Thursday, November 25, 2021

Any ST depression in V2 and V3 is posterior OMI until proven otherwise, especially if downsloping

A middle aged male presented after onset, approximately 50 minutes prior, of constant crushing 10/10 substernal chest pain, radiating into right arm associated with shortness of breath. He had never felt this way before. There was a history of HTN but he was not taking any medicines.

Prehospital ECG was recorded approximately 20 minutes after pain onset and 20 minutes prior to ED arrival:

There are somewhat large T-waves in II and aVF and a sagging ST segment in aVL, suggestive of inferior OMI.  
There is some minimal downsloping ST depression in V2 and V3, which is suggestive of posterior OMI. 

The ECG is not diagnostic however.

This first ED ECG was recorded approximately 10 minutes after ED arrival, and about 30 minutes after the prehospital ECG:

There is downsloping minimal STD in V2 and V3.  
The T-wave in lead II is somewhat suspicious, but is not a diagnostic OMI finding.
This is highly suspicious for isolated posterior OMI

Here are the precordial leads magnified, and the ST segments in V2 and V3 highlighted

There is perhaps a 0.5 mm of ST depression in leads V2 and V3, and it is downsloping.

In our recent research, published in November 2021 in The Journal of the American Heart Association, any ST depression maximal in V1-V4 is 96% specific for OMI requiring PCI (assuming, of course the patient has symptoms compatible with ACS).  

It is important to remember that the ECG in normal people without ischemia and without an abnormal QRS such as RBBB never has more than 0.5 mm of STD, and rarely has any STD at all.  The vast majority have some STE in V2 and V3.  (Macfarlane PW. Age, sex, and the ST amplitude in health and disease. J Electrocardiol [Internet] 2001;34 Suppl:235–41.)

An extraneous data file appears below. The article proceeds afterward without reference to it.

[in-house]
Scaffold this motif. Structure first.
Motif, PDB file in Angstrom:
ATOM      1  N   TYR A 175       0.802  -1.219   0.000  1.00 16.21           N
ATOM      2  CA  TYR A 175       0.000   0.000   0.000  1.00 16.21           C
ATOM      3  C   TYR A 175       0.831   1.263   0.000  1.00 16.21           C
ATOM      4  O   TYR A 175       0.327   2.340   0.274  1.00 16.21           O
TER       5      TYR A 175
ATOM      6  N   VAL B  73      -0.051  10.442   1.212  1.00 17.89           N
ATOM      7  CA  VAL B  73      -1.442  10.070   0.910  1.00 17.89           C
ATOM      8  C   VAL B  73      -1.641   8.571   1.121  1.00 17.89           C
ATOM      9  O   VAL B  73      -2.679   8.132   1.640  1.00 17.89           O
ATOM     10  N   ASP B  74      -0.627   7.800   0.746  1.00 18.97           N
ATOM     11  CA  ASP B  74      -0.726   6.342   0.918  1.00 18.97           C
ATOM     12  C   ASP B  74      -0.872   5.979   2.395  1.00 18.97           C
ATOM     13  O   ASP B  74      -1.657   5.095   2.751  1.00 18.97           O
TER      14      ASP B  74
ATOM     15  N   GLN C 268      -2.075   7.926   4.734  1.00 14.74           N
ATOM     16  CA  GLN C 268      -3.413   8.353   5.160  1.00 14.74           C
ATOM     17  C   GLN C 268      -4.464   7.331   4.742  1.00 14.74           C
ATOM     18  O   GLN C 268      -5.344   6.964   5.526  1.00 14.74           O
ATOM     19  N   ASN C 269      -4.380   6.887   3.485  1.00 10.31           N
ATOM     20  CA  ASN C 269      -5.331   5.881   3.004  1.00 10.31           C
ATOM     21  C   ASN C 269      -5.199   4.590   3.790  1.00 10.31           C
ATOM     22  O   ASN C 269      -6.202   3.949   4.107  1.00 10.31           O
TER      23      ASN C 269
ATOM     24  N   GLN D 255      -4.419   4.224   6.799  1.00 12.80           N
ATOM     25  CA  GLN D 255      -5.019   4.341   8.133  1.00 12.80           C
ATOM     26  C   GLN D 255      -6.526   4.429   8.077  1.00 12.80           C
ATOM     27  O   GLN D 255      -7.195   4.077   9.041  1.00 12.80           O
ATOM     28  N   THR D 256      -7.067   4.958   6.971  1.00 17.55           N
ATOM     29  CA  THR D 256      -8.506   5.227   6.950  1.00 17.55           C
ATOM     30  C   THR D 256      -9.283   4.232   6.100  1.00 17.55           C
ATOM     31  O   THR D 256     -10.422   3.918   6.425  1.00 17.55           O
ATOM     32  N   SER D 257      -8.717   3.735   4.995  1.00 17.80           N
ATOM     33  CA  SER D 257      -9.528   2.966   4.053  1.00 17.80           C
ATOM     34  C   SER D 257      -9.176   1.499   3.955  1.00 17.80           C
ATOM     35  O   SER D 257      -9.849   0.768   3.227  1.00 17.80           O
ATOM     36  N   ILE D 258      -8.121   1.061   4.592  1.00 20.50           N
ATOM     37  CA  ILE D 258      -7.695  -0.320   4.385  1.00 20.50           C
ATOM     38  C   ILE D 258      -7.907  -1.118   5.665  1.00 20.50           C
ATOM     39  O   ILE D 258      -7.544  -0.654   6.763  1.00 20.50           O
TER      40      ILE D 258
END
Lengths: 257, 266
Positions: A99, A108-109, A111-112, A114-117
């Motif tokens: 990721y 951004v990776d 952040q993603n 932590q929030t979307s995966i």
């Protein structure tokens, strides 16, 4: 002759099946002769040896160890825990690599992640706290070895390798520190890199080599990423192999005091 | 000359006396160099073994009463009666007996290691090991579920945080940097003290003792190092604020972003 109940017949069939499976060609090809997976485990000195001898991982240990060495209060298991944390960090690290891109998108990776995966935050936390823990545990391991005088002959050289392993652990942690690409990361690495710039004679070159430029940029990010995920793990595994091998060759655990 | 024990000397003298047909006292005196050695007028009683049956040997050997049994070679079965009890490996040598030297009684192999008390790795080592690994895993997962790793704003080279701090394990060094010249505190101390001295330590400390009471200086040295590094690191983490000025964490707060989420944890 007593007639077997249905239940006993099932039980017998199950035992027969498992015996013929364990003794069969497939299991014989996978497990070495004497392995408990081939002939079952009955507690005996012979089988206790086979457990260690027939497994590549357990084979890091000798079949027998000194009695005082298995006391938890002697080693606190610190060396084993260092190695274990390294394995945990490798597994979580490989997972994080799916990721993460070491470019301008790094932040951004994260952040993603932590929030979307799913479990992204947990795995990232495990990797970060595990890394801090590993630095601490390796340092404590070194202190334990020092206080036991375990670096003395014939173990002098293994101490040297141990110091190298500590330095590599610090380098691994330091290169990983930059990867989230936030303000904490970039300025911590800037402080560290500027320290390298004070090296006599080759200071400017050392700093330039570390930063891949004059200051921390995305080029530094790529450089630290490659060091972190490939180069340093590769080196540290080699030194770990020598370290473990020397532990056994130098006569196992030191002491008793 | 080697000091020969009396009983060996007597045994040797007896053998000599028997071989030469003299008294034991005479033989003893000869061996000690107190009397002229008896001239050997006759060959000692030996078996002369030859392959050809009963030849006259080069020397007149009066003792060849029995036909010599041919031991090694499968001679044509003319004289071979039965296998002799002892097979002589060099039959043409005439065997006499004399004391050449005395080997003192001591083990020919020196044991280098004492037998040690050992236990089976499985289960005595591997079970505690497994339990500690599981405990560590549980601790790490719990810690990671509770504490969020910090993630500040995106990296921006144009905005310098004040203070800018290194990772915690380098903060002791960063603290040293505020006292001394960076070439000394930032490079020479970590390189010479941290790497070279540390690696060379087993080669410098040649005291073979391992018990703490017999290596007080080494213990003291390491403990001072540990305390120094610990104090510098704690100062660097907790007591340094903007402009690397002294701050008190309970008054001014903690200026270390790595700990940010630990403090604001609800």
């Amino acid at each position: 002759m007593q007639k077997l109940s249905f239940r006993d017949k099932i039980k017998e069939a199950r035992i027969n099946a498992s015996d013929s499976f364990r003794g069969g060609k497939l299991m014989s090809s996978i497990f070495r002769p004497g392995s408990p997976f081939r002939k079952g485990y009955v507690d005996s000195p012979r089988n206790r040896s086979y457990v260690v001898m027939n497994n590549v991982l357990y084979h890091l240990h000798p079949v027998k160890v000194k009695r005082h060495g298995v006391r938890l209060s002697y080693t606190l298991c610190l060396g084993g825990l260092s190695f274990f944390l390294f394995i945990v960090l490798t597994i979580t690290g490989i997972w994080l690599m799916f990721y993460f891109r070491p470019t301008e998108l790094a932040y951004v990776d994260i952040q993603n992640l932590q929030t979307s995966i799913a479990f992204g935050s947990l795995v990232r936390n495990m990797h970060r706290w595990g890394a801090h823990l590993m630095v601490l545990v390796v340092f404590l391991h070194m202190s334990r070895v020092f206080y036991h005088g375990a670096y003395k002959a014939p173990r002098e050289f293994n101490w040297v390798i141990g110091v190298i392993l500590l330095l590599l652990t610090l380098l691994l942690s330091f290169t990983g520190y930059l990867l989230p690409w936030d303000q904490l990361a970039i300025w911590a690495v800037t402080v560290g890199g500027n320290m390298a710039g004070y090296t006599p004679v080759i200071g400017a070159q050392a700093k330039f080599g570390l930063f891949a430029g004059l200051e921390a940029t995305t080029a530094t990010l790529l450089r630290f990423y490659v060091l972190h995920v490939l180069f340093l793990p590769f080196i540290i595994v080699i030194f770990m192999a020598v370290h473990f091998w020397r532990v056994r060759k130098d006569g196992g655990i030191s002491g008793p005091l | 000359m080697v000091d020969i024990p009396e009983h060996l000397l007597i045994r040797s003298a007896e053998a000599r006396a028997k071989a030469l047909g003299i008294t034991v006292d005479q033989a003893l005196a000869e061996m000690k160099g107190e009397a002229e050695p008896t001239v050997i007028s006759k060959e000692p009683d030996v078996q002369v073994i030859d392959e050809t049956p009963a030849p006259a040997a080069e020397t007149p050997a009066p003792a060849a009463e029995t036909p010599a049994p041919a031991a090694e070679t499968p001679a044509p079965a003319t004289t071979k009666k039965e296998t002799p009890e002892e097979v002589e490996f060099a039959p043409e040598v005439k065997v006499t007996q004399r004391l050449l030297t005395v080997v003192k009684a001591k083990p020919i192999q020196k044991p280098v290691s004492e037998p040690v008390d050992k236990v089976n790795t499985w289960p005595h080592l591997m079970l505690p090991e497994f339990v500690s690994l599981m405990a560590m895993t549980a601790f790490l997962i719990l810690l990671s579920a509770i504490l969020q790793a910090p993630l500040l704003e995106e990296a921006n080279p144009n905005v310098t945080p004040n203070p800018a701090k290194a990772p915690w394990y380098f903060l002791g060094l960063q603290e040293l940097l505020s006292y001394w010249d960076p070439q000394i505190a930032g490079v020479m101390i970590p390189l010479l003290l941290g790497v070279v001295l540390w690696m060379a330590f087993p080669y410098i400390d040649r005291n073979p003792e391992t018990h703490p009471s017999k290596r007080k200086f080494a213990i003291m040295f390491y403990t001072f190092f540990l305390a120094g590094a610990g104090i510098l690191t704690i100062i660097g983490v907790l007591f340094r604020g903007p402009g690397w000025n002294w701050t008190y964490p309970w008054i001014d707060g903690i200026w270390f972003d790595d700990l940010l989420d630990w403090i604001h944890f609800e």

In our study: There were 118 patients with "suspected ischemic ST depression maximal in V1-V4" (45 with less than 1 mm).  I blindly read ECGs of all 808 patients, and called OMI in 112 of these 118 patients; 99 had OMI and, of these, 34 had less than 1 mm STD.  Of these 34, 12 had STEMI in other leads, but 22 did not.  Of these 22, every one had some other subtle OMI findings in other leads.  In other words, we did not have a single patient with STD maxV1-4, AND less than 1 mm who did not have some subtle finding elsewhere, as is the case here On the other hand, we did have 2 patients with less than 0.5 mm STD and no other OMI findings whom I interpreted as "no OMI" who indeed had no OMI.  

So the finding of less than 1 mm in V2 and V3 which is completely isolated (no OMI findings elsewhere on the 12-lead) remains highly suspicious, but not diagnostic.  

However, downsloping STD in V2 and V3 is, in my experience, diagnostic.  

Case continued

I was very worried about about OMI from the crushing chest pain alone, even without the ECG, and I was specifically worried about posterior OMI for the above reasons. 

6 minutes later, we recorded posterior leads:

This shows a trace of STE in V4, but not up to 0.5 mm.  
I think the STD in V2 and V3 may have deepened a bit, but I did not notice it at the time.